Nadine Coyle first shot to fame with Girls Aloud, Steve Mason is ex-Beta Band and Kele used to be in (yes, yes we get it now) Bloc Party. So it’s a ‘solo project’ party to kick things off in The List’s singles swag bag this issue. Sadly ‘Insatiable’ (Black Pen Records) ●●●●● is a shockingly dated stab at electro rock (that’s you Coyle) so it’s up to Mason’s ‘Boys Outside’ (Domino) ●●●●● and Kele’s ‘On The Lam’ (Wichita/Polydor) ●●●●● to lighten the mood. And they do of sorts, both are spectacular in a beautifully melancholy way so we’re smiling through the tears. . .

‘Terrible Love’ (4AD) ●●●●● by The

National, Bob Hillary & The Massive Mellow’s ‘Hear Mi’ (soundEthic/Sonic360) ●●●●● and Hurts’ ‘Stay’ (Sony) ●●●●● are up next and all pretty sweetly sob-worthy too, so let’s move swiftly on to something perkier. MEN’s ‘Off Our Backs’ (IAMSOUND) ●●●●● will do the trick; it’s a disco pop treat. Next The Saturdays shock us by actually being good for once with the hugely infectious ‘Higher’ (Fascination) ●●●●●, and the ‘Sunburst EP’ (Warp) ●●●●● by Rustie is mindbogglingly brilliant in a video game music meets prog rock, electro and techno kind of way.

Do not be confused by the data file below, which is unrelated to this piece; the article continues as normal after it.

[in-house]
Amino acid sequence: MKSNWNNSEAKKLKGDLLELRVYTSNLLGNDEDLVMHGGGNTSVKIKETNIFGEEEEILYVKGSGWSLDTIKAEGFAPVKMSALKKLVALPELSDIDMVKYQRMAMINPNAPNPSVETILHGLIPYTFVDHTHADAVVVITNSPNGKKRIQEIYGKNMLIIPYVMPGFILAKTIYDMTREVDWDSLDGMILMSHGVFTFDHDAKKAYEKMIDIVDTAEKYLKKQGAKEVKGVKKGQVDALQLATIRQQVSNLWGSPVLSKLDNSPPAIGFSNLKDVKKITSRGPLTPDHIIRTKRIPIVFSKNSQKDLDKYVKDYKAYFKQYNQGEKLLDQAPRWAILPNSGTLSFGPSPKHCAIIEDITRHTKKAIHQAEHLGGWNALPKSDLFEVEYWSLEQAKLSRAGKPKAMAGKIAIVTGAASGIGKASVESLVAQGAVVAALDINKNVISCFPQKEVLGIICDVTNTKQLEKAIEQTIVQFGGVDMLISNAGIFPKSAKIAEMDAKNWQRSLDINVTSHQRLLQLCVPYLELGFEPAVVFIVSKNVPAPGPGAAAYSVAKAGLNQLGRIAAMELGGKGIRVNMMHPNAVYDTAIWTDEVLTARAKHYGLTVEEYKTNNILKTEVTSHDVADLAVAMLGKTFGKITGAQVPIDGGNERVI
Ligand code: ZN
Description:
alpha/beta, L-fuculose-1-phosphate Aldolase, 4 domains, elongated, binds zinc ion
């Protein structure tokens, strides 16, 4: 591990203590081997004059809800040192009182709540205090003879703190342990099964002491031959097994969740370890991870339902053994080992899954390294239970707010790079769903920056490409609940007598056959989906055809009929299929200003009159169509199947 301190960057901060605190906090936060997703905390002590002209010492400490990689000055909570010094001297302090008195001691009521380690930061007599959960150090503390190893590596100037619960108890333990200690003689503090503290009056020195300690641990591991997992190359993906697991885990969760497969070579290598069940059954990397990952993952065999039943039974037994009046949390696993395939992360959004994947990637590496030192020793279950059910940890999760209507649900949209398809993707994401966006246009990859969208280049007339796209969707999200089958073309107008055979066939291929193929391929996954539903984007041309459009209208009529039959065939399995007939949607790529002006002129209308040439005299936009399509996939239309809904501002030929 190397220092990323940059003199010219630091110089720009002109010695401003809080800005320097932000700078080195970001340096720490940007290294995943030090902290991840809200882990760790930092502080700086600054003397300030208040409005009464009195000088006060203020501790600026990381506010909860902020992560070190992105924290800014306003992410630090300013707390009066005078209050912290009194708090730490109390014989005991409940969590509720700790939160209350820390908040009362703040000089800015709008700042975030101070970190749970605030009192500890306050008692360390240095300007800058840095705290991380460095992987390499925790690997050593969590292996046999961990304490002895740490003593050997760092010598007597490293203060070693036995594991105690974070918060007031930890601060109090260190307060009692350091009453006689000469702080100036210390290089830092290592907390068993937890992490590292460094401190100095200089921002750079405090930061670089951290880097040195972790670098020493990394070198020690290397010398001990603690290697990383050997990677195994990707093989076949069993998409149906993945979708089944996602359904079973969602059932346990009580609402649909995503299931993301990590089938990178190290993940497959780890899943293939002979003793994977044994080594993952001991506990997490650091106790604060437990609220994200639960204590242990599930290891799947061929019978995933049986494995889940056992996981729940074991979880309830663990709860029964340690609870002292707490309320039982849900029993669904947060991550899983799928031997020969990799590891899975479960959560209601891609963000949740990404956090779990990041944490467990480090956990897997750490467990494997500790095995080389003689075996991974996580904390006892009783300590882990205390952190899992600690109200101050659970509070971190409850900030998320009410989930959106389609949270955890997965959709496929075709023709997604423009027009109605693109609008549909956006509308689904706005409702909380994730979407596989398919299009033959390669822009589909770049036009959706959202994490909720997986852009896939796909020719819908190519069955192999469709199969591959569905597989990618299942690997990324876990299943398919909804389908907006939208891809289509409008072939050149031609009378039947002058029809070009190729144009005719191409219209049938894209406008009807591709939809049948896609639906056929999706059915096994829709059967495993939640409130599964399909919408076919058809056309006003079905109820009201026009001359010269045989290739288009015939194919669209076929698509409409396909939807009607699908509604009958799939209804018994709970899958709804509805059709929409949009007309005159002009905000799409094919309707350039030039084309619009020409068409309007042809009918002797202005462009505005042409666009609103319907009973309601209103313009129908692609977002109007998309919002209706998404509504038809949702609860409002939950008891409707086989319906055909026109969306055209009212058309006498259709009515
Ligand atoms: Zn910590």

So by the time Edinburgh-based trio Night Noise Team treat us to the gorgeous ‘Burning’ (Permwhale Recordings) ●●●●● well, we’re positively beaming. Kings Of Leon and Duffy attempt to spoil things with the depressingly lacklustre ‘Radioactive’ (Columbia) ●●●●● and insipid M&S ad soundtrack-in-waiting ‘Well,Well,Well’ (Polydor) ●●●●● but we bat them off quicksmart-ish with not two but three contenders for Single Of The Fortnight. There’s the heartwarming indie pop of the ‘Golden Ether EP’ (Bubblegum Records) ●●●●● by Maple Leaves, Wolf Gang’s superb ‘Lions In Cages’ (Atlantic) ●●●●● and the haunting guitar buzz of London foursome Wild Palms (above) whose ‘To The Lighthouse/Draw In Light’ (One Little Indian) ●●●●● is as complex as it is emotion and energy-fuelled. So they take the glory, but only by a whisker. (Camilla Pia)

60 THE LIST 4–18 Nov 2010


These Swedes are again guilty of attempting to flog a dead horse, just as they did with 2007’s Hey Trouble both albums having arrived since the messy departure of singularly gorgeous of voice frontwoman Victoria Bergsman (whose post- split solo output has been little more satisfying).